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Details of Michael Gove's "Levelling Up" White Paper for Landlords

In February, Michael Gove unveiled the much-touted Levelling Up White Paper. It included details on many ways in which this government intends to transform the UK across government and society.

The broad idea is to shift power out of Westminster and to regional leaders to make local decisions to help their areas.

There are a number of issues addressing the stock of rented homes aimed at helping both landlords and tenants.


Decent Homes Standards

By 2030, the government intends to reduce the number of “non-decent” rented homes by 50%. There will be a strong focus on the current worst-performing areas. Slum and rogue landlords should become a thing of the past.

It also aims to tackle overcrowding and families too often being expected to rely on poor quality temporary accommodation. These issues create poor quality of life and health problems.

Finally, it will also rapidly increase the housing stock in the private and social sector.


Landlord Register

Few details exist currently, but the White Paper commits to exploring the possibility of such a Register as part of the overall strategy to improve housing quality to 2030. Some details may emerge this spring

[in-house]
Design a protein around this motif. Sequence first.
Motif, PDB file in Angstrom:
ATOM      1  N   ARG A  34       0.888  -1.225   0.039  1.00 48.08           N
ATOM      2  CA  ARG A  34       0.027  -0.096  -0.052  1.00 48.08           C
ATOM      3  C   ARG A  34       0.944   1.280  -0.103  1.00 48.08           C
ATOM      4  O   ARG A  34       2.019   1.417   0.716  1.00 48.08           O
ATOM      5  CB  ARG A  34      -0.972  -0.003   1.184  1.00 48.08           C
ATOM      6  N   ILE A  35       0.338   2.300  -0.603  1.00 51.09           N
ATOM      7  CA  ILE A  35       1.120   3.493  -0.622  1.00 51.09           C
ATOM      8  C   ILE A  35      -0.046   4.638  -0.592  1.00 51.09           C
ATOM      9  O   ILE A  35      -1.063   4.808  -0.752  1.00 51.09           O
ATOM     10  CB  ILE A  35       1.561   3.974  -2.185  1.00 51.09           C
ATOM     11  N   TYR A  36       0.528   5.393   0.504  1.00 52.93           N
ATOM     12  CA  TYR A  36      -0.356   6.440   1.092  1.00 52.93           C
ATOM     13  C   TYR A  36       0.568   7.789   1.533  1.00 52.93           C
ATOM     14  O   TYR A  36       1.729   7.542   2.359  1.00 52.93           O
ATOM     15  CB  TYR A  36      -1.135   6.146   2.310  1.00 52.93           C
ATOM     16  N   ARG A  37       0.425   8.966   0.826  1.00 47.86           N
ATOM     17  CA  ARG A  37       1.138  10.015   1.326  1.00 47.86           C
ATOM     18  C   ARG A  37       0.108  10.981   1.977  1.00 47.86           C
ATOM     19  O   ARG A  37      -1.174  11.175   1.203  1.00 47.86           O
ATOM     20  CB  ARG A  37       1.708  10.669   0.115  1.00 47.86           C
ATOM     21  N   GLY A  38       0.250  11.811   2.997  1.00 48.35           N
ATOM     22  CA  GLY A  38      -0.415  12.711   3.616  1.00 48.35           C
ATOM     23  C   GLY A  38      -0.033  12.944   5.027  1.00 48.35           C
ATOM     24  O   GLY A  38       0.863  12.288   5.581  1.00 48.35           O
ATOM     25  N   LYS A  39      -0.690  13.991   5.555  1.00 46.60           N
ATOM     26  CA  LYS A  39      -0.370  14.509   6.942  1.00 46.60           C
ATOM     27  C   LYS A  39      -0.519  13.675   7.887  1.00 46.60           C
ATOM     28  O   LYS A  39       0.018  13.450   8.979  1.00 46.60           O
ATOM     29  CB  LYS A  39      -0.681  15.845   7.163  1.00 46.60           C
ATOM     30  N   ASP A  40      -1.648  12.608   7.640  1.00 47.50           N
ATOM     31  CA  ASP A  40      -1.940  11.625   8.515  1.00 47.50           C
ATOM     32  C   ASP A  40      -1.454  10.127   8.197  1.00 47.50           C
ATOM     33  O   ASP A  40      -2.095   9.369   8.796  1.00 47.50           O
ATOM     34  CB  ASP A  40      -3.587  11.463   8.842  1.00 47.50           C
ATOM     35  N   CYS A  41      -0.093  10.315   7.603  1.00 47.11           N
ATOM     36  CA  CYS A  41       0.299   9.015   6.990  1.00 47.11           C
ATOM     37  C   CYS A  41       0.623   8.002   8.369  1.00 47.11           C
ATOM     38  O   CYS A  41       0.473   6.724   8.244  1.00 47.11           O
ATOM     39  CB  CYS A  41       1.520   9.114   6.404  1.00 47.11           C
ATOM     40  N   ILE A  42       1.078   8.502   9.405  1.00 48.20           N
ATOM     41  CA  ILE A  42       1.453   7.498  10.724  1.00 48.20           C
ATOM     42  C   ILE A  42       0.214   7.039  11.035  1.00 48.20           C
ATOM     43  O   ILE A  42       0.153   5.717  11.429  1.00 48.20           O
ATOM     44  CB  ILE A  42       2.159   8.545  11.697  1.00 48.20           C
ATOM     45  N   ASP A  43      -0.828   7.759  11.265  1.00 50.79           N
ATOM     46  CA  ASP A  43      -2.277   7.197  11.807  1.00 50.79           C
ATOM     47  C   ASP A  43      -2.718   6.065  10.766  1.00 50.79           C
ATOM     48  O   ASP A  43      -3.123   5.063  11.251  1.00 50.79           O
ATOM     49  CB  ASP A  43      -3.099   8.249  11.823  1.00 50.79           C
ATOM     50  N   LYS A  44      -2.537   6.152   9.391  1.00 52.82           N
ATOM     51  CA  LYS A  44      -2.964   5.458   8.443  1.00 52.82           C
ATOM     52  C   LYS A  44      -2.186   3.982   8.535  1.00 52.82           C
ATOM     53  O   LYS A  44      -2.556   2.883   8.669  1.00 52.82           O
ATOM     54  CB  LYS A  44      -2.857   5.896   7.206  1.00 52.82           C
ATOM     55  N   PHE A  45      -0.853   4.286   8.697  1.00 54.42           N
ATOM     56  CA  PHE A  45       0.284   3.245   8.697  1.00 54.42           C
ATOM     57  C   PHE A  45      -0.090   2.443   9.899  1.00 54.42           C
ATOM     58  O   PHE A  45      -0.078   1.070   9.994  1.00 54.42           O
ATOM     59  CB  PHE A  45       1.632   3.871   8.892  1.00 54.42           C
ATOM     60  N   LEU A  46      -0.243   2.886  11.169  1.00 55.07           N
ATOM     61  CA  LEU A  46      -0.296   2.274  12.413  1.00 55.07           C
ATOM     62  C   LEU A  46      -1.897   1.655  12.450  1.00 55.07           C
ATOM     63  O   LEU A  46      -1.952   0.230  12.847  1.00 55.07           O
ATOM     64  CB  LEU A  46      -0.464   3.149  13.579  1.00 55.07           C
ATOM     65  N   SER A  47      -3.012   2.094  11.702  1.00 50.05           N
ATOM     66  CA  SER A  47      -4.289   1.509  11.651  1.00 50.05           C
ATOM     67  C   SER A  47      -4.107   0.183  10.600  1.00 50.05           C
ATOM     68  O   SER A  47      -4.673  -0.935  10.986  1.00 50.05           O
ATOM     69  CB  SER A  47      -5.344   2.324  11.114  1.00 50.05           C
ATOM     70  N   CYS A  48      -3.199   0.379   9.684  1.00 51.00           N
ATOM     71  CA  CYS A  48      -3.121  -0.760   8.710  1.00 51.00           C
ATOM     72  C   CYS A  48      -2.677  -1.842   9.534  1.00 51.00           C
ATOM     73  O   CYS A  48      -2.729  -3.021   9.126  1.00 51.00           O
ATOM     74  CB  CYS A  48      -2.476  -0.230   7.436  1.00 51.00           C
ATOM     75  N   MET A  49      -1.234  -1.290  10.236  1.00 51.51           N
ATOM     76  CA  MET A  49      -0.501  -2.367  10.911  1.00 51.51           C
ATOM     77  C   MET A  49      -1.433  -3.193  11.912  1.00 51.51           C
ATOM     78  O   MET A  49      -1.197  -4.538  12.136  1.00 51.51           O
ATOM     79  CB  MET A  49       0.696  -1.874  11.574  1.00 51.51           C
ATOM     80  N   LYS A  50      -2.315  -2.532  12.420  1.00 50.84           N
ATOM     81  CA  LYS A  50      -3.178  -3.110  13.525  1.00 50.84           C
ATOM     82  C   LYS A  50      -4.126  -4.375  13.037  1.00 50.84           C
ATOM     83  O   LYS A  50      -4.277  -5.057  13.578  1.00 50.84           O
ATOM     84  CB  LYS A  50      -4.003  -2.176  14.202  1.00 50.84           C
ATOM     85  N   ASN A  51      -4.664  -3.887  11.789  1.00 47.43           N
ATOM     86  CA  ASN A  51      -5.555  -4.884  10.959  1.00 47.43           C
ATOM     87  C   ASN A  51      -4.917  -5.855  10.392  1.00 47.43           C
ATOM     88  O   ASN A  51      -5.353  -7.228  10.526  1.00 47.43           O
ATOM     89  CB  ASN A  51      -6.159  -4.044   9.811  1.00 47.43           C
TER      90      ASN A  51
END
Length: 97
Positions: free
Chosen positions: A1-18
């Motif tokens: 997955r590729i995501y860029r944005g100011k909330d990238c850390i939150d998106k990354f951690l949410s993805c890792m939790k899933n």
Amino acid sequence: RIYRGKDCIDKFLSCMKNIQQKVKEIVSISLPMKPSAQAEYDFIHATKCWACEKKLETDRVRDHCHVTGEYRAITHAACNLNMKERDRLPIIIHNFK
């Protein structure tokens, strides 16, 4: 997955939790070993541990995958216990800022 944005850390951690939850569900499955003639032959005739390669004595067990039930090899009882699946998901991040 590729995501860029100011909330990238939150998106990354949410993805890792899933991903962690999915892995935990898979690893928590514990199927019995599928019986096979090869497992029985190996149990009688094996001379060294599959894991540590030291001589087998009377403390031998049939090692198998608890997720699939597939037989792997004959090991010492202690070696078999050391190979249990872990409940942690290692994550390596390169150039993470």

Removal of Section 21

This is the clause that currently permits any property owner or their agent to remove any tenant(s) for no reason.

The White Paper said it aims to “reset the relationship between landlords and tenants.” Details will be set out in The Renter’s Reform Bill later this year. Not only will it make it harder for landlords to remove a tenant for no reason, but it will also increase robustness in securing an eviction.


Secure Path to Ownership

The White Paper states multiple efforts to increase the number of first-time buyers after decades of above inflation price increases. It also aims to “provide a secure path to ownership” for current renters in all areas and among all age groups.

There will be more loans for small businesses in areas targeted for levelling up. The aim is to boost home ownership across the country, particularly in those areas in dire need of regeneration.


Other Measures in the White Paper

The current “80/20 rule” which currently leads to most development on brownfield sites in London and the Southeast, will now be allocated to the regions. Most of this redirected funding will go to the Midlands and the North.

Energy efficiency improvements as previously discussed in past articles here. Funding will be made available to improve the worst-performing homes and those unable to afford improvements.

More affordable social housing through the Social Housing Regulation Bill which was partly inspired by Grenfell.